Michelle Obama makes appearances in Tacoma
Michelle Obama brought a message of hope, strength, humility and authenticity to Tacoma on Sunday, and she wanted to know one thing: “Who are you becoming?”
The former first lady drew more than 18,000 people to the Tacoma Dome, the largest turnout so far on her international book tour.
With the booming pop music, high-beam lights and Jimmy Kimmel as host and interviewer, the event felt more upbeat than a typical book event.
Ciara, Eddie Vedder, Sue Bird, the wife of a Green Beret and a Girl Scout made appearances to talk about what they’re becoming, and a biographical video on Obama had some in the crowd sniffling before the show got underway.
Obama and Kimmel chatted about how life has changed for the Obamas since they left the White House, her childhood growing up on the south side of Chicago, how she learned to chase joy rather than status and the tumultuous state of America.
“We have to be easier on ourselves, and we have to be brave enough to find our story — and own it,” she said. “We have to practice everyday who we want to be.”
Obama told stories after her beloved father, who treated her as an equal with her older brother and taught them together how to throw a baseball and a punch. About her cranky grandfather, whom she stood up to but also how she understood the pain and unfairness in his life. About being treated with love and respect by the men in her young life, so she grew up believing that her voice was valued.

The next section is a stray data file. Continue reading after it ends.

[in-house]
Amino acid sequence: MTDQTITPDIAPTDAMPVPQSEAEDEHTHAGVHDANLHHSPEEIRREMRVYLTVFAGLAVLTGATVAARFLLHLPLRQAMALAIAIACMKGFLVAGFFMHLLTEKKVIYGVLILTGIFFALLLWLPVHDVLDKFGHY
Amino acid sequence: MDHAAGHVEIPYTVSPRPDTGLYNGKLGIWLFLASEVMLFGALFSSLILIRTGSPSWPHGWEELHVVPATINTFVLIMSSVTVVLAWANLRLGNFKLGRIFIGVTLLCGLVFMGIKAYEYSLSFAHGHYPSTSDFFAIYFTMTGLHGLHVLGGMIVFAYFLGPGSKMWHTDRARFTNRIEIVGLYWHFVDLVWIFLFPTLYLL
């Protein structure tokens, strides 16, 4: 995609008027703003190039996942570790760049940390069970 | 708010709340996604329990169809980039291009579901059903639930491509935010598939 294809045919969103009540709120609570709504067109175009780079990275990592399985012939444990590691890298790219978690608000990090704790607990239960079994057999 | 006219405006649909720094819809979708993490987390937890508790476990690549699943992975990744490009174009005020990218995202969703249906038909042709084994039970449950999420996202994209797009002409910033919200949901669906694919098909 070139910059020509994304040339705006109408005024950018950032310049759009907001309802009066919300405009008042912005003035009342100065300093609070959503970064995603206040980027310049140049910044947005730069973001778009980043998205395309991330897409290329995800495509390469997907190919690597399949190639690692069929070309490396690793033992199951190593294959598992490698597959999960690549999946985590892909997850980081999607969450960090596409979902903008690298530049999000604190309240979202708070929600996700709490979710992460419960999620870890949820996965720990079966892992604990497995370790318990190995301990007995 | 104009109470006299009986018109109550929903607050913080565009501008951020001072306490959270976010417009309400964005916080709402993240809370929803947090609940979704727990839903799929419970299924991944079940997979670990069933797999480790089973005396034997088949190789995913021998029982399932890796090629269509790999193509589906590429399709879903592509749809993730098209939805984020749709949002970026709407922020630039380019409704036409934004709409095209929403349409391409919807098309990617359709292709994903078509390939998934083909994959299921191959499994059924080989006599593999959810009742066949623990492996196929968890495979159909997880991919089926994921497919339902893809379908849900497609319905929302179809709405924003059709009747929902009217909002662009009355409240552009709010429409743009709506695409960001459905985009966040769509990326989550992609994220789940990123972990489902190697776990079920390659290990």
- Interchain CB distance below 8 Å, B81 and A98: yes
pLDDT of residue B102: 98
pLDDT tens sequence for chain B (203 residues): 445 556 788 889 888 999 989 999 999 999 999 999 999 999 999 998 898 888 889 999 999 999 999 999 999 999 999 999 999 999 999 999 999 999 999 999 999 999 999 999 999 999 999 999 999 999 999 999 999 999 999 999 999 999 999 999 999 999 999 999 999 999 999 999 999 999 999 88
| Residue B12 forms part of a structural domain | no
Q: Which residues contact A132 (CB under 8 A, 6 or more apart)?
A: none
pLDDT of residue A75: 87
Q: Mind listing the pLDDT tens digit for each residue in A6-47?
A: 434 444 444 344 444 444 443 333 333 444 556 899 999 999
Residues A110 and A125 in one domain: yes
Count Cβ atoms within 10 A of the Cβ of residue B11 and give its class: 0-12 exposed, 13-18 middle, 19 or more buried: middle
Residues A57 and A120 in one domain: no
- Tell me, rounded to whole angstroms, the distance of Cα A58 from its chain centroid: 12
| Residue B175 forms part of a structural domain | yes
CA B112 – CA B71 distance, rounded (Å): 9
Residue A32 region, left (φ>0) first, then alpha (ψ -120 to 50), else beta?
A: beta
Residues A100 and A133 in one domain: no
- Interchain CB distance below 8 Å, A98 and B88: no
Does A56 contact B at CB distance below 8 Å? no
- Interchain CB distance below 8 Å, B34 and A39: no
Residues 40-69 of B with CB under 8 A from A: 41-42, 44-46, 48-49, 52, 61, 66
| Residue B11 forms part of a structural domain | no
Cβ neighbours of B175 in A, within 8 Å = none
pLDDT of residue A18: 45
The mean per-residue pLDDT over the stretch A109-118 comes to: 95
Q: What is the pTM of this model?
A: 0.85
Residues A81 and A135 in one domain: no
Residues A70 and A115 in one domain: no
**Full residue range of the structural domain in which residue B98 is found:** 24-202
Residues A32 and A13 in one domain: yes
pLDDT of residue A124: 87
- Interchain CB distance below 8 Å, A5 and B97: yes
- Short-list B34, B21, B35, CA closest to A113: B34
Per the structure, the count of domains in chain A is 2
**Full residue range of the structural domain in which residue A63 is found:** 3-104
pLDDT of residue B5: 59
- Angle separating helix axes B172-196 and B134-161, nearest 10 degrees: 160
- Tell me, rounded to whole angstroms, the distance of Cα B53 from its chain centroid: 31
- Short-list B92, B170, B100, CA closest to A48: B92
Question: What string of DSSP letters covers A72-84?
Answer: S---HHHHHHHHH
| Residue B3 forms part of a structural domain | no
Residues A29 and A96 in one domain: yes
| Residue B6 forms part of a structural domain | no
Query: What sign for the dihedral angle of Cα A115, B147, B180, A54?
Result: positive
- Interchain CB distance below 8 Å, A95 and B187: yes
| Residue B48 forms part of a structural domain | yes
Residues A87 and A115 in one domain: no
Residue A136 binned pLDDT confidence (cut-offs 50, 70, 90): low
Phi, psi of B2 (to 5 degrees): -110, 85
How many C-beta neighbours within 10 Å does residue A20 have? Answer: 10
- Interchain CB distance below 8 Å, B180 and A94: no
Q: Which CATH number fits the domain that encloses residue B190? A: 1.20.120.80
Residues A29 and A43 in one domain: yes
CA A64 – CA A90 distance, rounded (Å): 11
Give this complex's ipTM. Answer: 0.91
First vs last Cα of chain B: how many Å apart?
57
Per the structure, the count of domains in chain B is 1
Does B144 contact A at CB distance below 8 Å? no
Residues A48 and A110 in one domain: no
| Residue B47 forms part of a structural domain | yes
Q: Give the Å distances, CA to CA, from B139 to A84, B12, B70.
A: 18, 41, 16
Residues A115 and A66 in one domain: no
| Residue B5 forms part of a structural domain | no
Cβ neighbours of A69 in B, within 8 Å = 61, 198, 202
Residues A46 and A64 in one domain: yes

She talked about moving from a working-class household to obtaining degrees from Harvard and Princeton, so she could collect a respectable job and nice car.
“I wasn’t looking for joy — I was checking boxes,” Obama said. “Nobody told me that’s not what life is about … I was doing what I thought I was supposed to do.”
That’s when she met Barack Obama, a law firm mentee who showed up on his first day late, wet from a rainstorm and full of swagger.
The couple soon decided to shun the cushy, high-paying jobs and dedicate their lives to giving back.
While the Obamas spent eight years in the White House, the former first lady became an advocate for healthy eating and empowering girls.
She knew her experience would be different as the first African-American first lady and strove to go high when their opponents went low.
“For eight years, I don’t think I took a full breath because everything mattered,” Obama said. “We couldn’t slip up.”
When the Obamas left the White House after President Trump was inaugurated, she said she sat on the plane and sobbed for a half hour because it was the first real release in years.
She encouraged people to lead by hope, not fear. To not be afraid of each other. To remember that every person has a story worth sharing. That change starts with the individual, and we can create a better social culture for the next generation.
“Start sharing your story and be open to hearing others,” Obama said. “We can’t just show up when it’s hard. We are the answer.
“We have to be the world that we want them to live in.”